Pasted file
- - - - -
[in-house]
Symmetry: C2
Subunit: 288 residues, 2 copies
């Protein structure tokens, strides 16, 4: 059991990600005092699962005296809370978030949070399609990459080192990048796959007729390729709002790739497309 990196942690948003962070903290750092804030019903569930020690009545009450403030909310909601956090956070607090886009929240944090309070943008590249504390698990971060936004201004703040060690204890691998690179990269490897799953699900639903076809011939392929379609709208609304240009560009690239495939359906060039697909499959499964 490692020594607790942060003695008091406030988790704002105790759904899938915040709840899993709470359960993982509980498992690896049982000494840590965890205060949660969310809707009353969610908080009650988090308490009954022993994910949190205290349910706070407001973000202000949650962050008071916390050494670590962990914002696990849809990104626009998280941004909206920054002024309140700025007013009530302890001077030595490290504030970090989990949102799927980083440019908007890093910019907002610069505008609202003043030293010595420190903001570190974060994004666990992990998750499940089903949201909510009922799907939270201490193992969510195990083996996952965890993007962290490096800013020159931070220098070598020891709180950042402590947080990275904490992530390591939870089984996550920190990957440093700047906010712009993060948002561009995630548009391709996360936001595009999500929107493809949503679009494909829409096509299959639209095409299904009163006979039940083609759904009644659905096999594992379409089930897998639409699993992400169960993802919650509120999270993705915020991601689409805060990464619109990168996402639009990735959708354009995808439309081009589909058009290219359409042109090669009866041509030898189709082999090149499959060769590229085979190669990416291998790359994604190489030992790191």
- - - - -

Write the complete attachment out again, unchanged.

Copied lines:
[in-house]
Symmetry: C2
Subunit: 288 residues, 2 copies
């Protein structure tokens, strides 16, 4: 059991990600005092699962005296809370978030949070399609990459080192990048796959007729390729709002790739497309 990196942690948003962070903290750092804030019903569930020690009545009450403030909310909601956090956070607090886009929240944090309070943008590249504390698990971060936004201004703040060690204890691998690179990269490897799953699900639903076809011939392929379609709208609304240009560009690239495939359906060039697909499959499964 490692020594607790942060003695008091406030988790704002105790759904899938915040709840899993709470359960993982509980498992690896049982000494840590965890205060949660969310809707009353969610908080009650988090308490009954022993994910949190205290349910706070407001973000202000949650962050008071916390050494670590962990914002696990849809990104626009998280941004909206920054002024309140700025007013009530302890001077030595490290504030970090989990949102799927980083440019908007890093910019907002610069505008609202003043030293010595420190903001570190974060994004666990992990998750499940089903949201909510009922799907939270201490193992969510195990083996996952965890993007962290490096800013020159931070220098070598020891709180950042402590947080990275904490992530390591939870089984996550920190990957440093700047906010712009993060948002561009995630548009391709996360936001595009999500929107493809949503679009494909829409096509299959639209095409299904009163006979039940083609759904009644659905096999594992379409089930897998639409699993992400169960993802919650509120999270993705915020991601689409805060990464619109990168996402639009990735959708354009995808439309081009589909058009290219359409042109090669009866041509030898189709082999090149499959060769590229085979190669990416291998790359994604190489030992790191």